Structure of cells:

The best way to describe a cell is by way of comparison with something familiar. This can be tricky because cells are somewhat unique. The redeeming thing here is once you familiarize yourself with a cell, then it won’t matter that a human is made of billions of cells because although they might be different in what they do, they will have the same basic components (like how human beings are; we all have the same basic structure but have different personalities and jobs).

The below are a list of the basic structures inside a cell and have been briefly described but discussed with further detail in subsequent chapters. And that is almost all that you need to know in cell biology.

A Typical Animal Cell

1-    Plasma membrane: Similar to the skin, it protects the cell from the outside environment. Most importantly, it regulates movements of water, nutrients, and wastes in and out of the cell. It is also called Cell Membrane.


2-    Cytosol: Semi-fluid medium that is made of water with micromolecules dissolved in it. Parts of the cytosol are made by the cell and partly have defused in from outside. Think of curry soup which was originally water but when mixed with chicken, vegetables and spices and got transformed. Even if we take away the chicken and the other ingredients, the water will no longer be just water, but a concoction of various ingredients dissolved in it. The cytosol along with the organelles of the cell is referred to as the cytoplasm.



3-    Nucleus: It is usually at the center of the cell and plays an important role. It contains chromatin (DNA chain) which is the code for synthesizing protein.  (What are proteins and why are they important will be discussed in the next chapter. For now, proteins are responsible for most of the functions in the cell). Moreover, nucleolus is concentrated chromatin. Every single cell has all the genetic information (genome) and therefore the ability to produce all the proteins in the body. However, cells usually specialize and only produce a particular set of proteins depending on their location and the requirements. Example; when the nucleus of an undifferentiated cell starts synthesizing muscle protein (because of certain signals it has received), the cell becomes a specialized muscle cell and remains that way.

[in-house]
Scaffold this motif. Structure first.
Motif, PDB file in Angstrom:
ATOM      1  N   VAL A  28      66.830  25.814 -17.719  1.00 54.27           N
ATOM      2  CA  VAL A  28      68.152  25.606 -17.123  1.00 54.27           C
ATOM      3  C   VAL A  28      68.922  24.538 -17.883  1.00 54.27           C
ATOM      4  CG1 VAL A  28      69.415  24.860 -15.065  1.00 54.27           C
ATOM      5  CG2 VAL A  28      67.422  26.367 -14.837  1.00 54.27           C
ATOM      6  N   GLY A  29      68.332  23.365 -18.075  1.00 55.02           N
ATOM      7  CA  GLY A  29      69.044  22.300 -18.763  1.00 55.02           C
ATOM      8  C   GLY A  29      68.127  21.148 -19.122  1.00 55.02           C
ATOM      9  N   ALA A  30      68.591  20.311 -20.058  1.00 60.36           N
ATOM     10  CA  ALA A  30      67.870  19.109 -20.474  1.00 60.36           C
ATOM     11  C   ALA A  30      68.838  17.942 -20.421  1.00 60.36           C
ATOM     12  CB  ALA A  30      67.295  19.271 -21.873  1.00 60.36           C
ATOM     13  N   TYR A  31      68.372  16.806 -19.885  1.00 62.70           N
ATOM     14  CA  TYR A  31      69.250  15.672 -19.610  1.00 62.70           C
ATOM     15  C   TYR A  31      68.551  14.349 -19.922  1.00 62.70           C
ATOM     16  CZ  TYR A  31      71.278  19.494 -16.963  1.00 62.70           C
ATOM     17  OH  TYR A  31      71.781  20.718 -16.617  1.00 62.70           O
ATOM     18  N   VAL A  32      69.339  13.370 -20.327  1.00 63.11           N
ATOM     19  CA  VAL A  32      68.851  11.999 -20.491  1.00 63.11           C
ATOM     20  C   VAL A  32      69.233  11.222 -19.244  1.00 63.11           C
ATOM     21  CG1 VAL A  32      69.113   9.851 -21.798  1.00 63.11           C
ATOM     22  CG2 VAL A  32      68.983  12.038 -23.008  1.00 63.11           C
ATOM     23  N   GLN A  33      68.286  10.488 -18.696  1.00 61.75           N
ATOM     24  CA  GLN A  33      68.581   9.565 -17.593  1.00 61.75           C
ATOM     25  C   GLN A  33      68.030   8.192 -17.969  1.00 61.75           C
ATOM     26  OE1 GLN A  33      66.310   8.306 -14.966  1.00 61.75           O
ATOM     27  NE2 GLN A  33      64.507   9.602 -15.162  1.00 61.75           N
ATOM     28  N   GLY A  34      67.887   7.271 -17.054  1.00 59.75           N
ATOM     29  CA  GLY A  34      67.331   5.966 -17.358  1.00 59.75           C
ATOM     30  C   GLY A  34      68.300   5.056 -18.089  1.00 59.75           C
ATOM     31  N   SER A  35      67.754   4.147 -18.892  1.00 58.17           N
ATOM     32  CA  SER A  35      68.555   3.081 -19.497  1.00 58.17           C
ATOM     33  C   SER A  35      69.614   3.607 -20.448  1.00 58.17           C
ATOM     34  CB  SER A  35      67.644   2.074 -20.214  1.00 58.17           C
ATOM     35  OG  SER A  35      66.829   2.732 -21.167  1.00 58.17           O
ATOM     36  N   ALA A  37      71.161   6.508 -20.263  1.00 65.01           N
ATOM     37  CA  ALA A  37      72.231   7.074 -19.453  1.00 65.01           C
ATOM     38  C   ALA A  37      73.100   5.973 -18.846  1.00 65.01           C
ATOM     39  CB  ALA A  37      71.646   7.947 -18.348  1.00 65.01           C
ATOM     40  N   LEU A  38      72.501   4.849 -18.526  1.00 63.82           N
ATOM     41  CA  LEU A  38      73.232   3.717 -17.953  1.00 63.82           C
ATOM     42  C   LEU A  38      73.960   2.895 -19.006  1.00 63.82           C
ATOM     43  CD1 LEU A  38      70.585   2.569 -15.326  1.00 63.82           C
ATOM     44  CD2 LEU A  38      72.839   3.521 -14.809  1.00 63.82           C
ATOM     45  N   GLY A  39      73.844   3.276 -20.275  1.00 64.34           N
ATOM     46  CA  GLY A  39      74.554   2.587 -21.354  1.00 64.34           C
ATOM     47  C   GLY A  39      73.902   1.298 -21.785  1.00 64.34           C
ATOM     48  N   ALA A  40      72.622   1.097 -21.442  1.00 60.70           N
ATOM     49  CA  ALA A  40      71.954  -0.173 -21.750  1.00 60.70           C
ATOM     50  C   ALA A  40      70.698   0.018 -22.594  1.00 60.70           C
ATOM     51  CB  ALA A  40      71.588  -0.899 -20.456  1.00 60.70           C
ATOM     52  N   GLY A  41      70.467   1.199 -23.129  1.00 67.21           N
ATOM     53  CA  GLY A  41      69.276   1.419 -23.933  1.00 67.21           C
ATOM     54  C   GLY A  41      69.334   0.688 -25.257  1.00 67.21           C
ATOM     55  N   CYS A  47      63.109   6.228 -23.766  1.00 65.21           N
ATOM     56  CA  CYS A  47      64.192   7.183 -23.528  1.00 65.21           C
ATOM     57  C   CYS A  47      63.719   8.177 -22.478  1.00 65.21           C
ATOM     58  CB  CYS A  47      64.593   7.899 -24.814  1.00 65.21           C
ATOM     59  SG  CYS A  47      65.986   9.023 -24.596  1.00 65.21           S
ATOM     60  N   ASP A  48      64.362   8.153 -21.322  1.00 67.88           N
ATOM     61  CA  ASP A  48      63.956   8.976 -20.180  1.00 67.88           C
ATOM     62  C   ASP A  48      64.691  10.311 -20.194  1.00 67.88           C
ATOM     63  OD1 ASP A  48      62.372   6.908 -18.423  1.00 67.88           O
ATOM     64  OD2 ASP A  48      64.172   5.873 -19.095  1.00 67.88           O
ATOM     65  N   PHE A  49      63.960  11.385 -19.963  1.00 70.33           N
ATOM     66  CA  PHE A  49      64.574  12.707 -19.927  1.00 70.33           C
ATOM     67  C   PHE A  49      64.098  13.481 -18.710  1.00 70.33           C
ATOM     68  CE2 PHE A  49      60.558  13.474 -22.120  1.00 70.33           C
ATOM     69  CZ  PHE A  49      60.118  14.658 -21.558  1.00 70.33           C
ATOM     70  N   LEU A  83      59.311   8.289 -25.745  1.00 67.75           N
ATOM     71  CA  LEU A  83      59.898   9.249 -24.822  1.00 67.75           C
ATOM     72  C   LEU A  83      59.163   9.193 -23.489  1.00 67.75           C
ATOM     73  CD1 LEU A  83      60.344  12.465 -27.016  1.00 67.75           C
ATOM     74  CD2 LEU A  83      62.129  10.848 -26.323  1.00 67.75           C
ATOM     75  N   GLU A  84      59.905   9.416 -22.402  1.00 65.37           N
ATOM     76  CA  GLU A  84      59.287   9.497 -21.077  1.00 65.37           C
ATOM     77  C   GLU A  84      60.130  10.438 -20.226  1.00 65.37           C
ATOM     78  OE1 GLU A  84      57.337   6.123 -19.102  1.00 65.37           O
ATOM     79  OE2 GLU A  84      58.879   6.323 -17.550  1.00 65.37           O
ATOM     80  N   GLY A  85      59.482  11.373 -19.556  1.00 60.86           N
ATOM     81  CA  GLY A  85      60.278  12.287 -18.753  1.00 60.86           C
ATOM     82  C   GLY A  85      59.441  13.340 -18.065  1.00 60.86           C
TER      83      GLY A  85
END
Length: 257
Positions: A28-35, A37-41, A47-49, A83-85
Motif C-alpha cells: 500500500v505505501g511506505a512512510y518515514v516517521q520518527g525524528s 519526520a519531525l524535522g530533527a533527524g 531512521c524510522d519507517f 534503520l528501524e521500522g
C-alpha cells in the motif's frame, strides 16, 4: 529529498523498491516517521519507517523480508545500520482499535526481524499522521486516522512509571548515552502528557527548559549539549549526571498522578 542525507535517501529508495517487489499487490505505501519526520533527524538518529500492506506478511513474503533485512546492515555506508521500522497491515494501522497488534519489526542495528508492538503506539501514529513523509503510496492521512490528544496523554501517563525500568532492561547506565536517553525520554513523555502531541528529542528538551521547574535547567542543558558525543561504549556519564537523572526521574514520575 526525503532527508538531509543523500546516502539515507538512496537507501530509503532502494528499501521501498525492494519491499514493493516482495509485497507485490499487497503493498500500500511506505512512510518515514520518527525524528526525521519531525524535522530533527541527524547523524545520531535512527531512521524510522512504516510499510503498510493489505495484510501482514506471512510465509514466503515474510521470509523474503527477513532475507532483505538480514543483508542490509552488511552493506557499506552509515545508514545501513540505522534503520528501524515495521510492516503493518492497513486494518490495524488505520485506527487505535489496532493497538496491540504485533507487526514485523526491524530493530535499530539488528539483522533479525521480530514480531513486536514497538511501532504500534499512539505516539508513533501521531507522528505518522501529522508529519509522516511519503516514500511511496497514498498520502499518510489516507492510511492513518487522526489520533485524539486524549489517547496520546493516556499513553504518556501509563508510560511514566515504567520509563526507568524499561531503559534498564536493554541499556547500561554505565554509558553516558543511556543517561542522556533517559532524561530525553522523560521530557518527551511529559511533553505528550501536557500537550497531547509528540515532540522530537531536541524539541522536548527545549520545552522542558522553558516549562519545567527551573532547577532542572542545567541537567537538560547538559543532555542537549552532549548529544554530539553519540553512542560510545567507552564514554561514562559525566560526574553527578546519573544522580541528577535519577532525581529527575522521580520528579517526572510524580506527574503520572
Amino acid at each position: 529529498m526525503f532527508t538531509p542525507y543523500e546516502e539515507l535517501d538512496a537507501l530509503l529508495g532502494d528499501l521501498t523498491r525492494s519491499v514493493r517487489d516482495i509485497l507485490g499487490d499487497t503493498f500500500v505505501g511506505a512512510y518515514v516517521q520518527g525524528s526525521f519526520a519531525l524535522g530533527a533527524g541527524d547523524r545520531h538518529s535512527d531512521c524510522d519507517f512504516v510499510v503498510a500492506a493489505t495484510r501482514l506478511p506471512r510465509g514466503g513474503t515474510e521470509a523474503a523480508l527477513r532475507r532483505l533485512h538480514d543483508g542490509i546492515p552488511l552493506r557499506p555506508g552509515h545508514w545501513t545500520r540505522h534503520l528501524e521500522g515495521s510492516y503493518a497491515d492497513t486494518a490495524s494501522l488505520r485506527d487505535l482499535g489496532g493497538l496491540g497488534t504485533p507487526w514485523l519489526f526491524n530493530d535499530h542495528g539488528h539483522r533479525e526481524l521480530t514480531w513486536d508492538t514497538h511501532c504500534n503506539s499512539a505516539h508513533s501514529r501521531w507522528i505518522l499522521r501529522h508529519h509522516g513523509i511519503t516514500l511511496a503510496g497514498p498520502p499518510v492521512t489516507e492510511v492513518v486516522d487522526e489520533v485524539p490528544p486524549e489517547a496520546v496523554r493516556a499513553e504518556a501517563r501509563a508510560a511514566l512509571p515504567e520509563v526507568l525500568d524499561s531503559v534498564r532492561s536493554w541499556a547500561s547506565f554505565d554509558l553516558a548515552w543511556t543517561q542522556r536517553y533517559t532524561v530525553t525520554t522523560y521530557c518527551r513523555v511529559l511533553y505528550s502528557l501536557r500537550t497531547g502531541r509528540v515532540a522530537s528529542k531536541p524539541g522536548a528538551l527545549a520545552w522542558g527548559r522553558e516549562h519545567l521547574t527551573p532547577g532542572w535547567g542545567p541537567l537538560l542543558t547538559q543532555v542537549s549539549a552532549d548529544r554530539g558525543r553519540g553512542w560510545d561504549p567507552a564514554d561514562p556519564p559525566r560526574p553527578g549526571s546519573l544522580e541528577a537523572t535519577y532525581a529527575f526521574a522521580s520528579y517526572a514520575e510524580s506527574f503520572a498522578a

4-    Ribosome: Are proteins on which proteins are made. Similar to an anvil (iron block used to mold metal).

5-    Rough Endoplasmic Reticulum (RER): An organelle that looks like an interconnected network of membranes contains many ribosomes (giving it a rough and studded appearance) on which large and complicated proteins can be synthesized.

6-    Smooth Endoplasmic Reticulum (SER): Similar structure to an RER but does not contain ribosome and are responsible for making lipids (another micromolecule in which we will talk about in the next chapter).


7-    Golgi Apparatus: Also known as Golgi complex, is a group of membranous sacks that are responsible for modifying, storing and transporting products from the endoplasmic reticulum (both proteins and lipids), to other parts and organelles of the cell or and even outside it- similar to how workers in a factory regulate their products and ship them.


8-    Mitochondrion: Is the energy power house, the electricity generator (more on it in chapter 5). Many mitochondrion is referred to as mitochondria.


9-    Lysosome: Are vesicles that contain enzymes (proteins whose function is to catalyze reactions) that digest nutrient molecules and wastes. It is basically the stomach of the cell.

10-  Peroxisome: Also vesicles that contain enzymes but whose main function is to produce and hydrolyze the H2O2 (hydrogen peroxide) of the cell.

11-  Cytoskeleton: The mechanical frame-work of the cell, similar to the skeleton of the human body. It is made of different proteins (microtubules, microfilaments and intermediate filaments).

12-  Centrioles: Are proteins responsible for synthesizing the spindles (made of microtubules) which pull DNA apart during cell division. It is usually located close to the nucleus.

13-  Endosomes: Are transport vesicles made by the inner folding of the plasma membrane (invagination until ultimately a separate internal compartment is created, the process is called endocytosis) to accommodate molecules for transferring to lysosomes or to different parts of the cell.

Again, the entire course on cell biology will be spent discussing the structure and functions of these organelles in detail so you do not need to memorize anything now, just read and understand. Excluded are occasional structures such as cilia, flagella and other secretory vesicles which are sometimes found and will be discussed later when the need arises.